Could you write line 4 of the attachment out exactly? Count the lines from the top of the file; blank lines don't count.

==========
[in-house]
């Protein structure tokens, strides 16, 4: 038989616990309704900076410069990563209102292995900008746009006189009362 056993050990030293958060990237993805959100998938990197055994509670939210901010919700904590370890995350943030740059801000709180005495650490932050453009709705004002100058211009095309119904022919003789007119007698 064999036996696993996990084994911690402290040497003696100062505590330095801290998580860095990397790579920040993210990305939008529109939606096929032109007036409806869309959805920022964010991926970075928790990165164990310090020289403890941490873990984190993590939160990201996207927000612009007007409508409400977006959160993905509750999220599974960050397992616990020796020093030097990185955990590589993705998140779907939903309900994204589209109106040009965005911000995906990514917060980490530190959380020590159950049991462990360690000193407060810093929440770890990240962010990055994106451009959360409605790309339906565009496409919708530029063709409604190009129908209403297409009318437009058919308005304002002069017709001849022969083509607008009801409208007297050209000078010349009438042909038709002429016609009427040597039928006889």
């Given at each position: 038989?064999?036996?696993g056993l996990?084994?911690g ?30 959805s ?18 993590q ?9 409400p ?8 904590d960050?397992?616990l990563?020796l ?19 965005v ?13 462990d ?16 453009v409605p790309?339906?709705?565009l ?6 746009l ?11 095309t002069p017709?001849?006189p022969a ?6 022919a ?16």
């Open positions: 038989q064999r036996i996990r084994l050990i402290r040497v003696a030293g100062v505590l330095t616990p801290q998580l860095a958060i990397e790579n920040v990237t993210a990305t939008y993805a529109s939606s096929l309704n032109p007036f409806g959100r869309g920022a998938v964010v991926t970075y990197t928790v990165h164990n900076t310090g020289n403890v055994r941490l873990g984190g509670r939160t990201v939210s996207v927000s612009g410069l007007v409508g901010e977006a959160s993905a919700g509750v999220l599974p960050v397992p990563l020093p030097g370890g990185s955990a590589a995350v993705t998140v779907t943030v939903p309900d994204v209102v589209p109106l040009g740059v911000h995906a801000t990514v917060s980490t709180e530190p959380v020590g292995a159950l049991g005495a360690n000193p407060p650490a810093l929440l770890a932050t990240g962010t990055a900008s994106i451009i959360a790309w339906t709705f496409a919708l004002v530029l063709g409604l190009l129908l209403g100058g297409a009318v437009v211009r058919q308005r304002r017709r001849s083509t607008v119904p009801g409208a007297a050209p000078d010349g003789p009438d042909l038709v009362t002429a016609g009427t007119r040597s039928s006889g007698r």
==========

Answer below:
């Open positions: 038989q064999r036996i996990r084994l050990i402290r040497v003696a030293g100062v505590l330095t616990p801290q998580l860095a958060i990397e790579n920040v990237t993210a990305t939008y993805a529109s939606s096929l309704n032109p007036f409806g959100r869309g920022a998938v964010v991926t970075y990197t928790v990165h164990n900076t310090g020289n403890v055994r941490l873990g984190g509670r939160t990201v939210s996207v927000s612009g410069l007007v409508g901010e977006a959160s993905a919700g509750v999220l599974p960050v397992p990563l020093p030097g370890g990185s955990a590589a995350v993705t998140v779907t943030v939903p309900d994204v209102v589209p109106l040009g740059v911000h995906a801000t990514v917060s980490t709180e530190p959380v020590g292995a159950l049991g005495a360690n000193p407060p650490a810093l929440l770890a932050t990240g962010t990055a900008s994106i451009i959360a790309w339906t709705f496409a919708l004002v530029l063709g409604l190009l129908l209403g100058g297409a009318v437009v211009r058919q308005r304002r017709r001849s083509t607008v119904p009801g409208a007297a050209p000078d010349g003789p009438d042909l038709v009362t002429a016609g009427t007119r040597s039928s006889g007698r």